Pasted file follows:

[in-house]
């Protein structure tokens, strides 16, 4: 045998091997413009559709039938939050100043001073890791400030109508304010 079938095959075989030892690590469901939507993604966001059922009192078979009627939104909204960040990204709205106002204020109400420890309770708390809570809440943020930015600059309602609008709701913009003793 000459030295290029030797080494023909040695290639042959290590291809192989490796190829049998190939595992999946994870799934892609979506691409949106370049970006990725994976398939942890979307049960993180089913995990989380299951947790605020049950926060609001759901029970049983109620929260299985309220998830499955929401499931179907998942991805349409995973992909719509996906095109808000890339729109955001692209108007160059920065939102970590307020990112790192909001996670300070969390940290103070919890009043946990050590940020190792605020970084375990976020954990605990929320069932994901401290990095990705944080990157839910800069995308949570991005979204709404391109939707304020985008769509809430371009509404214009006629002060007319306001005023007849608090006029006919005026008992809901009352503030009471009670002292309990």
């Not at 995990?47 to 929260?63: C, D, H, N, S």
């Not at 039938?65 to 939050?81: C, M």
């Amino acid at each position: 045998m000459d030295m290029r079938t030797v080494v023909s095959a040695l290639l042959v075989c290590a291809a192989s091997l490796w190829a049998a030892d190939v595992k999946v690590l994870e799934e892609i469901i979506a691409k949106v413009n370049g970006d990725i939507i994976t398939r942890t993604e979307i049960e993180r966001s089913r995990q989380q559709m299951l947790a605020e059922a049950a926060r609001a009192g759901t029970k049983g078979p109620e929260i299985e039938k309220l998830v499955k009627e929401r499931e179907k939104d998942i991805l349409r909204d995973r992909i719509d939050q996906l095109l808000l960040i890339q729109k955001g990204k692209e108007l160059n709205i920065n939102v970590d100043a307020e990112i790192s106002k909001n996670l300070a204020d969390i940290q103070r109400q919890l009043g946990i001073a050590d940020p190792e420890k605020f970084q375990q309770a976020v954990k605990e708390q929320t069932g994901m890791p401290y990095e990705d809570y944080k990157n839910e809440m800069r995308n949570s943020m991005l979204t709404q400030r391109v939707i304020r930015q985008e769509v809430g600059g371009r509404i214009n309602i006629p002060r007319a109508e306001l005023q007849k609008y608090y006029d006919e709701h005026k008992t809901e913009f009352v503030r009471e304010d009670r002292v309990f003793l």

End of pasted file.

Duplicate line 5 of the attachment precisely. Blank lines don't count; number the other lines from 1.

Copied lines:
């Amino acid at each position: 045998m000459d030295m290029r079938t030797v080494v023909s095959a040695l290639l042959v075989c290590a291809a192989s091997l490796w190829a049998a030892d190939v595992k999946v690590l994870e799934e892609i469901i979506a691409k949106v413009n370049g970006d990725i939507i994976t398939r942890t993604e979307i049960e993180r966001s089913r995990q989380q559709m299951l947790a605020e059922a049950a926060r609001a009192g759901t029970k049983g078979p109620e929260i299985e039938k309220l998830v499955k009627e929401r499931e179907k939104d998942i991805l349409r909204d995973r992909i719509d939050q996906l095109l808000l960040i890339q729109k955001g990204k692209e108007l160059n709205i920065n939102v970590d100043a307020e990112i790192s106002k909001n996670l300070a204020d969390i940290q103070r109400q919890l009043g946990i001073a050590d940020p190792e420890k605020f970084q375990q309770a976020v954990k605990e708390q929320t069932g994901m890791p401290y990095e990705d809570y944080k990157n839910e809440m800069r995308n949570s943020m991005l979204t709404q400030r391109v939707i304020r930015q985008e769509v809430g600059g371009r509404i214009n309602i006629p002060r007319a109508e306001l005023q007849k609008y608090y006029d006919e709701h005026k008992t809901e913009f009352v503030r009471e304010d009670r002292v309990f003793l």